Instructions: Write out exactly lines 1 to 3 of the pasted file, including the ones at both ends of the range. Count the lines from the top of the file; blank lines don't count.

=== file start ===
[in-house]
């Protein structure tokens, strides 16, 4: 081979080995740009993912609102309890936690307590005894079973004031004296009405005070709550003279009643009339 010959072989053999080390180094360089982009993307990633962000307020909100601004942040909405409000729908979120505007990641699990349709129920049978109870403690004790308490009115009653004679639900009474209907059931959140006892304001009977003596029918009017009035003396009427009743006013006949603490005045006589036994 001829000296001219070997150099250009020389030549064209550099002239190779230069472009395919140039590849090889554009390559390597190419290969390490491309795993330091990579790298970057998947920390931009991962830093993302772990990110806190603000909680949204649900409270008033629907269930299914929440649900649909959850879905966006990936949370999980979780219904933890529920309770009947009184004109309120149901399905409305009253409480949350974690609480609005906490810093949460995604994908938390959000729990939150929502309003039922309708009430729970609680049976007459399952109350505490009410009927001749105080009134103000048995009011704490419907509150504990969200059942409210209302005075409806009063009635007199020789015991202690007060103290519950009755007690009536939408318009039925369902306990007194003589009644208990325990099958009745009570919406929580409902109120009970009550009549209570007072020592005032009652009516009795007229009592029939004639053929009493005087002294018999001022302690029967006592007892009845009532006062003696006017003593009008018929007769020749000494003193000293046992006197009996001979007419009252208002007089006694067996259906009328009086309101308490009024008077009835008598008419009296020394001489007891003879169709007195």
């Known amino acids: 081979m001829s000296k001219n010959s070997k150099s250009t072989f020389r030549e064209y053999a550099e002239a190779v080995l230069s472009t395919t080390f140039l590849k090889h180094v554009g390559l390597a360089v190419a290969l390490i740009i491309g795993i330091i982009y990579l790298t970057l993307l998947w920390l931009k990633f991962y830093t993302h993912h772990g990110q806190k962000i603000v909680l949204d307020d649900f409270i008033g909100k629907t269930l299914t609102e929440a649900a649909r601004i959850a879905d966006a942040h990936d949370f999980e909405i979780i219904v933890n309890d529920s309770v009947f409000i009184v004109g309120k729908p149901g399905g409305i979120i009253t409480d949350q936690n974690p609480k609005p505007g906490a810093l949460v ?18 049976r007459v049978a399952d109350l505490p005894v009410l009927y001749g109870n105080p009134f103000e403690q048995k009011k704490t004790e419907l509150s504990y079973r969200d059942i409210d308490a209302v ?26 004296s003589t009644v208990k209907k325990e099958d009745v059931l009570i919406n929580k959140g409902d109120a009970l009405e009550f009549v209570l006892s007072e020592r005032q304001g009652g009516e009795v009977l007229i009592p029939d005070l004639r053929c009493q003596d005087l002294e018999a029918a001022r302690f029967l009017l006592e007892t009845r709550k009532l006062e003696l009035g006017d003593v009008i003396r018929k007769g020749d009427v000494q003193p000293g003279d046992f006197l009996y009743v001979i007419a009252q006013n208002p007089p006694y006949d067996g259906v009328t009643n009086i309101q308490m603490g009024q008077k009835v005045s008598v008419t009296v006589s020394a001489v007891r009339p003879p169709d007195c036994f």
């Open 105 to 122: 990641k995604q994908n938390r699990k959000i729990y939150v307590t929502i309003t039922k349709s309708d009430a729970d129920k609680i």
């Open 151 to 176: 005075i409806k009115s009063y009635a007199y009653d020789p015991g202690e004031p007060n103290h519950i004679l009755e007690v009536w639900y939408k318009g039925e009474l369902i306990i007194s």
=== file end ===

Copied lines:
[in-house]
């Protein structure tokens, strides 16, 4: 081979080995740009993912609102309890936690307590005894079973004031004296009405005070709550003279009643009339 010959072989053999080390180094360089982009993307990633962000307020909100601004942040909405409000729908979120505007990641699990349709129920049978109870403690004790308490009115009653004679639900009474209907059931959140006892304001009977003596029918009017009035003396009427009743006013006949603490005045006589036994 001829000296001219070997150099250009020389030549064209550099002239190779230069472009395919140039590849090889554009390559390597190419290969390490491309795993330091990579790298970057998947920390931009991962830093993302772990990110806190603000909680949204649900409270008033629907269930299914929440649900649909959850879905966006990936949370999980979780219904933890529920309770009947009184004109309120149901399905409305009253409480949350974690609480609005906490810093949460995604994908938390959000729990939150929502309003039922309708009430729970609680049976007459399952109350505490009410009927001749105080009134103000048995009011704490419907509150504990969200059942409210209302005075409806009063009635007199020789015991202690007060103290519950009755007690009536939408318009039925369902306990007194003589009644208990325990099958009745009570919406929580409902109120009970009550009549209570007072020592005032009652009516009795007229009592029939004639053929009493005087002294018999001022302690029967006592007892009845009532006062003696006017003593009008018929007769020749000494003193000293046992006197009996001979007419009252208002007089006694067996259906009328009086309101308490009024008077009835008598008419009296020394001489007891003879169709007195």
């Known amino acids: 081979m001829s000296k001219n010959s070997k150099s250009t072989f020389r030549e064209y053999a550099e002239a190779v080995l230069s472009t395919t080390f140039l590849k090889h180094v554009g390559l390597a360089v190419a290969l390490i740009i491309g795993i330091i982009y990579l790298t970057l993307l998947w920390l931009k990633f991962y830093t993302h993912h772990g990110q806190k962000i603000v909680l949204d307020d649900f409270i008033g909100k629907t269930l299914t609102e929440a649900a649909r601004i959850a879905d966006a942040h990936d949370f999980e909405i979780i219904v933890n309890d529920s309770v009947f409000i009184v004109g309120k729908p149901g399905g409305i979120i009253t409480d949350q936690n974690p609480k609005p505007g906490a810093l949460v ?18 049976r007459v049978a399952d109350l505490p005894v009410l009927y001749g109870n105080p009134f103000e403690q048995k009011k704490t004790e419907l509150s504990y079973r969200d059942i409210d308490a209302v ?26 004296s003589t009644v208990k209907k325990e099958d009745v059931l009570i919406n929580k959140g409902d109120a009970l009405e009550f009549v209570l006892s007072e020592r005032q304001g009652g009516e009795v009977l007229i009592p029939d005070l004639r053929c009493q003596d005087l002294e018999a029918a001022r302690f029967l009017l006592e007892t009845r709550k009532l006062e003696l009035g006017d003593v009008i003396r018929k007769g020749d009427v000494q003193p000293g003279d046992f006197l009996y009743v001979i007419a009252q006013n208002p007089p006694y006949d067996g259906v009328t009643n009086i309101q308490m603490g009024q008077k009835v005045s008598v008419t009296v006589s020394a001489v007891r009339p003879p169709d007195c036994f």